Seeing Irving Layton in action was poetry as performance art. The phycicality, the gesticulation, the booming delivery, the sublimation, the modulation. A spectacle vascillating between erotic vulgarity, a sort of testosterone based infantilism, yet enigmatically mixed with the redemptive promise of his Judaism and a secular passion for social justice. It was art. A man torn between nihilistic abandon, about going to the brink of the abyss, then somehow bringing it back to emotional life. A desire to annihilate the individual, particularly women, then stopping short, unable to pull the trigger, resulting in a caricature of women that resembled formal constructions that were flat and possessing only human presence in the most primitive sense.
Kenneth Sherman: In Layton’s poems we hear the impudence of Villon, the raunchiness of the Earl of Rochester, the melancholy of Byron, the scorn of Heine, the meditative stillness of Cavafy. He drew into his work the dark wisdom of Nietzsche, the desolate late modernism of Sartre and Camus. Despite these echoes, Layton’s voice is unique. His humanism, his roots in the Jewish experience, his commitment to the body’s truths enabled him to withstand the pessimism of our time, and to remain, in the face of horror, affirmative:
“Affirm life,” I said, “affirm.
The triumphant grass
that covers the worm
And the flesh, the
That burns on its
stick of bone.”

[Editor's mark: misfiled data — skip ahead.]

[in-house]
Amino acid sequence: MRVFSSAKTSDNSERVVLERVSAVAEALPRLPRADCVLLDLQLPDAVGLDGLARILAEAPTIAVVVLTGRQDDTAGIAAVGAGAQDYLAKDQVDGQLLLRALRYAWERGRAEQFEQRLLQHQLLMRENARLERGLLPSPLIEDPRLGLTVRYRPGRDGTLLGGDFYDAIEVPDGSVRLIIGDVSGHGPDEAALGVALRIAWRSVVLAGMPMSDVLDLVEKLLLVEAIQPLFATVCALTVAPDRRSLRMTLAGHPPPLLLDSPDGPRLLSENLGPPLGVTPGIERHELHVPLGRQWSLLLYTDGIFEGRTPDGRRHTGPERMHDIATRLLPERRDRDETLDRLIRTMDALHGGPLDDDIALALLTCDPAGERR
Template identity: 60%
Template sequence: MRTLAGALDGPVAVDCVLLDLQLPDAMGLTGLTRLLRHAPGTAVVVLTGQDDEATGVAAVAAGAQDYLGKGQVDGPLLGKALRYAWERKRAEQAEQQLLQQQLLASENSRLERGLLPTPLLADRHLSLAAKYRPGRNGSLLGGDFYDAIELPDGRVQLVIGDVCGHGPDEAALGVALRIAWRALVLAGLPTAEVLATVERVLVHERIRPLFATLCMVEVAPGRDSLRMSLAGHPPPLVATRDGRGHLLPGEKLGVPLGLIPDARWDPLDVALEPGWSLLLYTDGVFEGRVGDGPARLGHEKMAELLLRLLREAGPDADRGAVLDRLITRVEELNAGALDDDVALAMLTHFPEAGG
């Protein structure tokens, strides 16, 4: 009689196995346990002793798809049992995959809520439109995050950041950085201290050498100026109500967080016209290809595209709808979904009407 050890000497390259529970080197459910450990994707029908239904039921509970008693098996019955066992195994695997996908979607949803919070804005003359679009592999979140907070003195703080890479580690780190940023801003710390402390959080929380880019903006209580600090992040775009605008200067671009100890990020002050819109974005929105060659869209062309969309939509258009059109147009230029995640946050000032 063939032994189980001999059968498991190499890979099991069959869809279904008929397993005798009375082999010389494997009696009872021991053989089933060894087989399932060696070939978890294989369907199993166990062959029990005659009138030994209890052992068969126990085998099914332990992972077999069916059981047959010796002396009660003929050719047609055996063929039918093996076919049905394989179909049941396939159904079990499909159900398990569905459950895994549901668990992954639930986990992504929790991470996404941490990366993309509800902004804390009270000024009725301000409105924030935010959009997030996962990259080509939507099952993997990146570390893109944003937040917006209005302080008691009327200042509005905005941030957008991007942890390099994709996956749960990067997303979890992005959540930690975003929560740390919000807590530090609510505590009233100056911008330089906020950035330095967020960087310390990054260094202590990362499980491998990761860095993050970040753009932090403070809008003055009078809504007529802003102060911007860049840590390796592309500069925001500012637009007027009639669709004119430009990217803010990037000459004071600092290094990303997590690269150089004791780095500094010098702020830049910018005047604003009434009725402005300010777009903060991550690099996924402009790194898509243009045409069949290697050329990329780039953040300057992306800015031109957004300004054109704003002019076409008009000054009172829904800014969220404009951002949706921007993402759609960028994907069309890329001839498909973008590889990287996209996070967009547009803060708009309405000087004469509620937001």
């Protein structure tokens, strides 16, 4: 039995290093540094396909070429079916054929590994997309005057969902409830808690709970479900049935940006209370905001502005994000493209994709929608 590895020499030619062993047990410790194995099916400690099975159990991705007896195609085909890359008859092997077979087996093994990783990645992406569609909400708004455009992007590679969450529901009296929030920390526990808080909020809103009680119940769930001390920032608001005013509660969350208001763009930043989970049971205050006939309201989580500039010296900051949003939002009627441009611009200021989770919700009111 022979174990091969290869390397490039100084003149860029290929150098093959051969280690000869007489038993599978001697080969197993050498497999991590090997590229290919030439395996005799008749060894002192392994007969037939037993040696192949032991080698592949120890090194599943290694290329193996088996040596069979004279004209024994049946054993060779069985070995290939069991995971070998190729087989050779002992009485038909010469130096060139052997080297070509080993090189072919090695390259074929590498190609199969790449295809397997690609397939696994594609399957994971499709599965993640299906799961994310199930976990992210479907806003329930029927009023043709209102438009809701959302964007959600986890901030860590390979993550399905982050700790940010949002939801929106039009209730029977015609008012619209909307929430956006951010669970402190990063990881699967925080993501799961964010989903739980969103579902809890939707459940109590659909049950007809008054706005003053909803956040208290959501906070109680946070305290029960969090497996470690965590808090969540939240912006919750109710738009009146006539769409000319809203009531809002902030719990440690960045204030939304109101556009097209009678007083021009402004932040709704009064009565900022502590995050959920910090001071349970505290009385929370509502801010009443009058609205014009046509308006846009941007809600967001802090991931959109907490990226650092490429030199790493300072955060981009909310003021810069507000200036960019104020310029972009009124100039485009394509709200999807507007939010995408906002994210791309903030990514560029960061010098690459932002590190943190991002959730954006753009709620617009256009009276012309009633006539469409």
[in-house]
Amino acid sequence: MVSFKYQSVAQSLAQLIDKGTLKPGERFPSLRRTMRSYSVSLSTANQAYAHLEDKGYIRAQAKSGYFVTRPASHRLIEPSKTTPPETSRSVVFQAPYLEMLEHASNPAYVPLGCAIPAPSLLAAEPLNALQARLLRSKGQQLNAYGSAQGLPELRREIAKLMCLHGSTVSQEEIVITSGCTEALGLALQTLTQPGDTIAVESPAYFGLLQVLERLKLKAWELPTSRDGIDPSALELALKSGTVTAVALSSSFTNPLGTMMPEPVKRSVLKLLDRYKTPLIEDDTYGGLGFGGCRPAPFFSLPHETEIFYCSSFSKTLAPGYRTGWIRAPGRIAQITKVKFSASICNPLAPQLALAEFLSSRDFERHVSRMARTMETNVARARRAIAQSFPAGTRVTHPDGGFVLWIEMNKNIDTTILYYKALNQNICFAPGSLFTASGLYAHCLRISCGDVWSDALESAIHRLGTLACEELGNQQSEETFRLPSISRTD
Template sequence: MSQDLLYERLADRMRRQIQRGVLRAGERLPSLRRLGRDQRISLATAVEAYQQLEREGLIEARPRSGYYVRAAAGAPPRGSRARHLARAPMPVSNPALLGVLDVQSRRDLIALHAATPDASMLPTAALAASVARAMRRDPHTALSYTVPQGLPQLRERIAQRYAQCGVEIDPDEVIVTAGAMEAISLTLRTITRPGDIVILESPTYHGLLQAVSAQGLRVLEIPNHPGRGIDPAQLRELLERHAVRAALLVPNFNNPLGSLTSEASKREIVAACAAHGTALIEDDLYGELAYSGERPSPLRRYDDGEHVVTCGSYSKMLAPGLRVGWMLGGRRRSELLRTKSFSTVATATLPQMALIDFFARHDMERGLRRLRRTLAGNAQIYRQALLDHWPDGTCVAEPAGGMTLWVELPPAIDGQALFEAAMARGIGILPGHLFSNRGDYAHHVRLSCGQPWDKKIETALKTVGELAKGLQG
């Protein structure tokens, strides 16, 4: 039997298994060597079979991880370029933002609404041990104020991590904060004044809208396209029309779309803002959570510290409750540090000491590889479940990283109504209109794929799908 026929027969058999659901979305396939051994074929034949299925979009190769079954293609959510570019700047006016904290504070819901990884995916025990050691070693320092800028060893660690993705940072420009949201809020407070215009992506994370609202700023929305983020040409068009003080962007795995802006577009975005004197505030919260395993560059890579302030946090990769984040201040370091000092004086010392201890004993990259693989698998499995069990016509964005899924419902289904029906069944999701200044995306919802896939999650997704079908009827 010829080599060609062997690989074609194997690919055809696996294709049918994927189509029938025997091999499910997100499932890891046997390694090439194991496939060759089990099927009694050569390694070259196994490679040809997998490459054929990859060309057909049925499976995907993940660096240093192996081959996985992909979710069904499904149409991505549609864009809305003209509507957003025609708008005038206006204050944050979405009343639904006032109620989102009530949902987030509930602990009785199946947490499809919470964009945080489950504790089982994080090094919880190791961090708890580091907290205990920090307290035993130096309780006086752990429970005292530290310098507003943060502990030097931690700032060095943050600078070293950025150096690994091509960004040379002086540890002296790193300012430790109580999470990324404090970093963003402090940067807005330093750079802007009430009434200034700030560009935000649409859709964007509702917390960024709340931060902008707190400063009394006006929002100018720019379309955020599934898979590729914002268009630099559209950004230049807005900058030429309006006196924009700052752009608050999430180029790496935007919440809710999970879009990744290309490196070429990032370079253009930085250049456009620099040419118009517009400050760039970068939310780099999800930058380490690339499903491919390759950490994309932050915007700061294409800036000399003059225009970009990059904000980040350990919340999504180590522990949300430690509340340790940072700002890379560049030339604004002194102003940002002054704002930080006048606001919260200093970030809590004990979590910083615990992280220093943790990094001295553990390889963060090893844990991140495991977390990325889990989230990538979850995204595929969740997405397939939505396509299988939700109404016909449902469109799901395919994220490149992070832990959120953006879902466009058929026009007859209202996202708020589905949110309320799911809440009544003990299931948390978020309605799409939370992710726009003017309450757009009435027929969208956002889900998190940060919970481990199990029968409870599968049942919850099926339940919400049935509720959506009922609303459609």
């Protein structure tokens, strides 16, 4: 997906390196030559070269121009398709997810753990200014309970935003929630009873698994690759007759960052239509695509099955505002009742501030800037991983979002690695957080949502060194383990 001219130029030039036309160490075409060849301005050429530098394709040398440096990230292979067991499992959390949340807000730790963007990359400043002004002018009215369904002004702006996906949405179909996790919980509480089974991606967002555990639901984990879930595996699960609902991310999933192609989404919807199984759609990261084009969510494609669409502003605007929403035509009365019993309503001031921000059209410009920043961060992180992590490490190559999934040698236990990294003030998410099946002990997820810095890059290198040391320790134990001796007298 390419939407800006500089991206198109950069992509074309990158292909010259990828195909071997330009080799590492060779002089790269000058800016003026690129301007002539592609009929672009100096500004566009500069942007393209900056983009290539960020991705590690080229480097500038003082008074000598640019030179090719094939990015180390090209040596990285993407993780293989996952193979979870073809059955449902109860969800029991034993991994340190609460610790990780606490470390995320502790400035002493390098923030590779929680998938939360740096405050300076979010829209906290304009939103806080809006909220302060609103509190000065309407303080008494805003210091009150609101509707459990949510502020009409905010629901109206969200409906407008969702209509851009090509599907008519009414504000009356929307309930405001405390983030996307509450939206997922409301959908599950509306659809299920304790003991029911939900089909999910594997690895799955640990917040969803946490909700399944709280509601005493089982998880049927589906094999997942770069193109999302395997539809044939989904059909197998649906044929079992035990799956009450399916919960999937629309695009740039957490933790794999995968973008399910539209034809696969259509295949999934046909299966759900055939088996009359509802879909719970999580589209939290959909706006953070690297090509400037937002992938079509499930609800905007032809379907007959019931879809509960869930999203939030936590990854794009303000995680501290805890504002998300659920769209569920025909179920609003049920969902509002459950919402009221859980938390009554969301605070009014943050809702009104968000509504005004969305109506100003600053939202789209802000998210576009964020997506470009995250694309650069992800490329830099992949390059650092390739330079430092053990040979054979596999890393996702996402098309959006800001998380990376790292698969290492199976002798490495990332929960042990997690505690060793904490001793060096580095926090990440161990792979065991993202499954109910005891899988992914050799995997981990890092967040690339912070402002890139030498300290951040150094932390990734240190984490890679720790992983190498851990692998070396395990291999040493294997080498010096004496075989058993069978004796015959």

But Layton, somehow, like a Modigliani, or a Soutine in the arts, was able to brush up against what was instinctive and able to balance opposing instinctual forces resulting in an esthetic achievement in poetry that though twisted and distorted, avoided the lure and seduction of the abstract; that is, creating through the sum of destructions, though maintaining his contradictory attitude to woman. Like so many artists, there is a lost in the wilderness and unable to determine the difference between an impulsive profane eroticism and contemplative sacred love. For Layton, woman is either all exhibitionistic animal body opposed to an equally unrealistic extreme of complete soul and interiority; the doom and fatalism of submitting to one’s instincts- to have Judith cut off the head of Holofernes- or a kind of unrealistic goddess complete with the saving gracefulness of a serious mind. Poetic distortion and abstraction to defend against the desire for women, and somewhat futilely in Layton’s case as his womanizing implies. An endless pursuit of love and the sense of sinning and self-betrayal.